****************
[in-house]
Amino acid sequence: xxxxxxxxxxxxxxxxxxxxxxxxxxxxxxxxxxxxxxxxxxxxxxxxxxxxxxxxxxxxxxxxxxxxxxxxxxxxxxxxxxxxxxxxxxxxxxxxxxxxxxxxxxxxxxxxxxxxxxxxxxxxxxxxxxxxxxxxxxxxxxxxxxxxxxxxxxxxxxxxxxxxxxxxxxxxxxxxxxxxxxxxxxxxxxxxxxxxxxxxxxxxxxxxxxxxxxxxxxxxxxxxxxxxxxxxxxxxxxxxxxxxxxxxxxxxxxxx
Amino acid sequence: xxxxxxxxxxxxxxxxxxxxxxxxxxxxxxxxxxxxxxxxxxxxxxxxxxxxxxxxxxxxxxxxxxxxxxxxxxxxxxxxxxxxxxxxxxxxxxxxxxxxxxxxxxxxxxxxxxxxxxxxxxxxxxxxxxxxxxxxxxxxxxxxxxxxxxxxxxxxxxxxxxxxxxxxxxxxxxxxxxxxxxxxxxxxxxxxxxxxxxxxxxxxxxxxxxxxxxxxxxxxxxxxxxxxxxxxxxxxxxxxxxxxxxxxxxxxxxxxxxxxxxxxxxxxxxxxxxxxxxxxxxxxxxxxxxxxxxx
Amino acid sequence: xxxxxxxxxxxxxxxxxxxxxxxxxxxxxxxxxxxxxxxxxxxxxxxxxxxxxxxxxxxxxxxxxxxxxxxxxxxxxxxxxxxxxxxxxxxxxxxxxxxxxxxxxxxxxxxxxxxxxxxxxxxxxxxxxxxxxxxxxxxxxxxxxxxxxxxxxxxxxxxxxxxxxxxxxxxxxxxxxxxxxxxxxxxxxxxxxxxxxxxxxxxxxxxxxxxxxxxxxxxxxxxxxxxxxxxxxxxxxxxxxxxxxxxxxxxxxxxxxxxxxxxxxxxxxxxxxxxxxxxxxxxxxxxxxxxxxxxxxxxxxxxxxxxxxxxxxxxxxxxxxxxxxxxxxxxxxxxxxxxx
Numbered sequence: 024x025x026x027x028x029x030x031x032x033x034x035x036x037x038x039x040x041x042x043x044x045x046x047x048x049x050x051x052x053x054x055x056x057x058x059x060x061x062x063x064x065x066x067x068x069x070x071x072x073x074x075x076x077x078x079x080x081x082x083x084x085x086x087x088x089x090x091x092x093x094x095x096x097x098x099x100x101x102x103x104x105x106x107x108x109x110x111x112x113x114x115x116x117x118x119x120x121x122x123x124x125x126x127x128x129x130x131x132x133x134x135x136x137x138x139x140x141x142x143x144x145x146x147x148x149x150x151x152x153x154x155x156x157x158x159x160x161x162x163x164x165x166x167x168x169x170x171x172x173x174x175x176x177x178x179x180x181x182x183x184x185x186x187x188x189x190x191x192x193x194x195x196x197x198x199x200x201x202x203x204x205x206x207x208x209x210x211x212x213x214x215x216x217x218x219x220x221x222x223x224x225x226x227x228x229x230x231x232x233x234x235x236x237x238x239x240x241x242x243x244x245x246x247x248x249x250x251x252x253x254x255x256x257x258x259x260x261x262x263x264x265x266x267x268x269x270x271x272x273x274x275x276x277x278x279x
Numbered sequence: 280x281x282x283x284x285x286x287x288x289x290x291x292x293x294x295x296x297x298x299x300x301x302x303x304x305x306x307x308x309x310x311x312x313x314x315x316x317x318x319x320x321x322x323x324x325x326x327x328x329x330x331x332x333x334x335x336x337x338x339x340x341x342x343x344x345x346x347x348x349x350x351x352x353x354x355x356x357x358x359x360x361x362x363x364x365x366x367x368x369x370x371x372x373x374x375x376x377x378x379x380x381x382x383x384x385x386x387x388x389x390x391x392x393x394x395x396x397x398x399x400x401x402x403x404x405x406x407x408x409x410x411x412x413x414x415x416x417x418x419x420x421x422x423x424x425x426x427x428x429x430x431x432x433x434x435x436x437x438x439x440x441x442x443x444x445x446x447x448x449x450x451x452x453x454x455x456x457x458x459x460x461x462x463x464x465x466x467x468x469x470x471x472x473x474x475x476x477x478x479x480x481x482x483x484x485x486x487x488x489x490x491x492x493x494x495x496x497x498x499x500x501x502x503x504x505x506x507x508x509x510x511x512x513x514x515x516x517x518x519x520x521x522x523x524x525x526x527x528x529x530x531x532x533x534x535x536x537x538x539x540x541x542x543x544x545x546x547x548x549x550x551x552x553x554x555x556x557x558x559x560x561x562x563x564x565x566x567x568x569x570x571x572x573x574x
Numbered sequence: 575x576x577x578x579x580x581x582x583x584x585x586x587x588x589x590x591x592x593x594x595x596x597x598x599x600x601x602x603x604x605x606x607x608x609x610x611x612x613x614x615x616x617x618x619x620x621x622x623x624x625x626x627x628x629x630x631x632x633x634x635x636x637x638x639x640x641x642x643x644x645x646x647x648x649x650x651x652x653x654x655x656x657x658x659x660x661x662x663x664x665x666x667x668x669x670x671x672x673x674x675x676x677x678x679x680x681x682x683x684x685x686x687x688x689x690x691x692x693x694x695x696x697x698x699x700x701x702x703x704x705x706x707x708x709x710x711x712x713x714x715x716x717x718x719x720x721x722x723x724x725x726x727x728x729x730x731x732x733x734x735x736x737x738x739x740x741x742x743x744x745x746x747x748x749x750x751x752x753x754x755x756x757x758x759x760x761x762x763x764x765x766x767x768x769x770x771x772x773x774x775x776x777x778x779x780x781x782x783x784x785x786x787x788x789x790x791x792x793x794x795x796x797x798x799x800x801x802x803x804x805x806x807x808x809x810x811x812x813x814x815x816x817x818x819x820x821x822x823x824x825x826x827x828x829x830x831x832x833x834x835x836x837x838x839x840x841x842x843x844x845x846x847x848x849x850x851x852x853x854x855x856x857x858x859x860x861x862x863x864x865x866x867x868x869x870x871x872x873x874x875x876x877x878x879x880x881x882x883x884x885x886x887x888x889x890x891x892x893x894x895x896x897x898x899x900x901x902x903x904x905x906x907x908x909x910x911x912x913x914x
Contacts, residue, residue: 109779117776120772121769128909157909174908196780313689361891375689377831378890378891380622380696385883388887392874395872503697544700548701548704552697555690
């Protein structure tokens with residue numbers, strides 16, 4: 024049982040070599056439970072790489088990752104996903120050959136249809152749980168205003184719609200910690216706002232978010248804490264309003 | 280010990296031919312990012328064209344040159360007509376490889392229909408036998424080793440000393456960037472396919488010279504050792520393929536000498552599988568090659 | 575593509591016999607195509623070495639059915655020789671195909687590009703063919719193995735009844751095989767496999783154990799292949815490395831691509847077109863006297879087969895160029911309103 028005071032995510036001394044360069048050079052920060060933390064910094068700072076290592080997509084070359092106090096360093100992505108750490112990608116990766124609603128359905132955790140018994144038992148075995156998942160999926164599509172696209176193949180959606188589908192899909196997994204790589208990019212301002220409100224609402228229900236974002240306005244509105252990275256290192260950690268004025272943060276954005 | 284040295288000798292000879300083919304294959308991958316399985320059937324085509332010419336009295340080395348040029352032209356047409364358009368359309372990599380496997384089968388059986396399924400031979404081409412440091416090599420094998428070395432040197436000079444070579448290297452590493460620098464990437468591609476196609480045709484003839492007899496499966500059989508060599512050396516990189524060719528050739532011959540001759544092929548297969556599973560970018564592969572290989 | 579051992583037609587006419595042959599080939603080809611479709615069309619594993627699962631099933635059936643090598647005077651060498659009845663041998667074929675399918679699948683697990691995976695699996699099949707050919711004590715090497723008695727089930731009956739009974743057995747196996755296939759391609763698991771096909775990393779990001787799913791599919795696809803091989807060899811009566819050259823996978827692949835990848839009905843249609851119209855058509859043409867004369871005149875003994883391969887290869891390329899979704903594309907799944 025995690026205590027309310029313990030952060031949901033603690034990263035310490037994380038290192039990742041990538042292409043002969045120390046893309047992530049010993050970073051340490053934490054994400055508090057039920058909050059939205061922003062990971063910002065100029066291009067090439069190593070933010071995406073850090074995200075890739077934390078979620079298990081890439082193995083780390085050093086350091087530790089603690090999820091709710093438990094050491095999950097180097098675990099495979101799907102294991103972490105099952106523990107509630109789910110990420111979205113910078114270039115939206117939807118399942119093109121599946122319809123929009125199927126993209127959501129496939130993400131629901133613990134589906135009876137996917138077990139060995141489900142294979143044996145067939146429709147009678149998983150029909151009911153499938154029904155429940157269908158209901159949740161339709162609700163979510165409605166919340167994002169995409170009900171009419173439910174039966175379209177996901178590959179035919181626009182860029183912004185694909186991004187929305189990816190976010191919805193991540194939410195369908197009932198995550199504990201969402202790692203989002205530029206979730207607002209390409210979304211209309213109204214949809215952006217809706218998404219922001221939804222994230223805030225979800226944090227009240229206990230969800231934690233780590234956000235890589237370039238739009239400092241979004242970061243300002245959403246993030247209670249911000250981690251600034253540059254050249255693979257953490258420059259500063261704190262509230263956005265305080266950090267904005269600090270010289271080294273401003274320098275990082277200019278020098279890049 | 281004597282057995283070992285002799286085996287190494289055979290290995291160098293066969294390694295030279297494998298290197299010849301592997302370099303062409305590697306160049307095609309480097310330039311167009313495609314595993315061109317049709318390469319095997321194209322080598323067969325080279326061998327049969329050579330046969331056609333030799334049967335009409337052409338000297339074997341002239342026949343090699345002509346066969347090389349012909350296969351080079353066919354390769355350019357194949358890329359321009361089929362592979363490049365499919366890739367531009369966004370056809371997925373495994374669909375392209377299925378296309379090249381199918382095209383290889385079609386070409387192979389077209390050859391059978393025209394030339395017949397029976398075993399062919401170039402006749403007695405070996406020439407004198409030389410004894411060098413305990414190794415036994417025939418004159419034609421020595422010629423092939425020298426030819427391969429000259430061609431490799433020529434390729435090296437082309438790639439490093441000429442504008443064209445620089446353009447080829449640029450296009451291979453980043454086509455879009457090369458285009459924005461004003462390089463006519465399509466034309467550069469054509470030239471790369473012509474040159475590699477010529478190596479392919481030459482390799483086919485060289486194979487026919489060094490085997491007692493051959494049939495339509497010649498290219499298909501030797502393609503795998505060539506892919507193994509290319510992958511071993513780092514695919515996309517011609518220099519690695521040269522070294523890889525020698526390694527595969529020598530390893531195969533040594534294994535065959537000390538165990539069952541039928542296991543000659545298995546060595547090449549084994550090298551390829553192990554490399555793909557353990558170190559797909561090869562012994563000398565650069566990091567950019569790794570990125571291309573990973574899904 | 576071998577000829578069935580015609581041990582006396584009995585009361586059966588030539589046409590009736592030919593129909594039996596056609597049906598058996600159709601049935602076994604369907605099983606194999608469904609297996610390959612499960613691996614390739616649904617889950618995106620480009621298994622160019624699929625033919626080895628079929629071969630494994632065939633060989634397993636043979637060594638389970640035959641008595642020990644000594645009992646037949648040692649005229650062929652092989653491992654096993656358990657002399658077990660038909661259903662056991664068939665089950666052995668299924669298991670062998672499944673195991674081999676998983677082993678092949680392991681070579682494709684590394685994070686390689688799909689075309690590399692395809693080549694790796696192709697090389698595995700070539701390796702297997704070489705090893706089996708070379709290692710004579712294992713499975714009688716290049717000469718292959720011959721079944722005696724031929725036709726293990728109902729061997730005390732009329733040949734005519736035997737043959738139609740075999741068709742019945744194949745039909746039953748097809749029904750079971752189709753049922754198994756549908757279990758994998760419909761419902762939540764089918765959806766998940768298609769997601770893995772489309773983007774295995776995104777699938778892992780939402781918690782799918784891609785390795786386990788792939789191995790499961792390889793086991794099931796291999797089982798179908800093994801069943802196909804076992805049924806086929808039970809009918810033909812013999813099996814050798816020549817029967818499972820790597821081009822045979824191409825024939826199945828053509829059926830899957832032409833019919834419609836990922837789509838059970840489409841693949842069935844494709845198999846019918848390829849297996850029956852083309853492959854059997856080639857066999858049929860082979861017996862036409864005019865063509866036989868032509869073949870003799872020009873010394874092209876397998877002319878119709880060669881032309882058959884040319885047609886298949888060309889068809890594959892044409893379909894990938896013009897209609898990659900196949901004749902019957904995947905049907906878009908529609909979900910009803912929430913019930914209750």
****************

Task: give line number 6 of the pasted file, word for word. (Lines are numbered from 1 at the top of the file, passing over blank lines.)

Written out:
Numbered sequence: 280x281x282x283x284x285x286x287x288x289x290x291x292x293x294x295x296x297x298x299x300x301x302x303x304x305x306x307x308x309x310x311x312x313x314x315x316x317x318x319x320x321x322x323x324x325x326x327x328x329x330x331x332x333x334x335x336x337x338x339x340x341x342x343x344x345x346x347x348x349x350x351x352x353x354x355x356x357x358x359x360x361x362x363x364x365x366x367x368x369x370x371x372x373x374x375x376x377x378x379x380x381x382x383x384x385x386x387x388x389x390x391x392x393x394x395x396x397x398x399x400x401x402x403x404x405x406x407x408x409x410x411x412x413x414x415x416x417x418x419x420x421x422x423x424x425x426x427x428x429x430x431x432x433x434x435x436x437x438x439x440x441x442x443x444x445x446x447x448x449x450x451x452x453x454x455x456x457x458x459x460x461x462x463x464x465x466x467x468x469x470x471x472x473x474x475x476x477x478x479x480x481x482x483x484x485x486x487x488x489x490x491x492x493x494x495x496x497x498x499x500x501x502x503x504x505x506x507x508x509x510x511x512x513x514x515x516x517x518x519x520x521x522x523x524x525x526x527x528x529x530x531x532x533x534x535x536x537x538x539x540x541x542x543x544x545x546x547x548x549x550x551x552x553x554x555x556x557x558x559x560x561x562x563x564x565x566x567x568x569x570x571x572x573x574x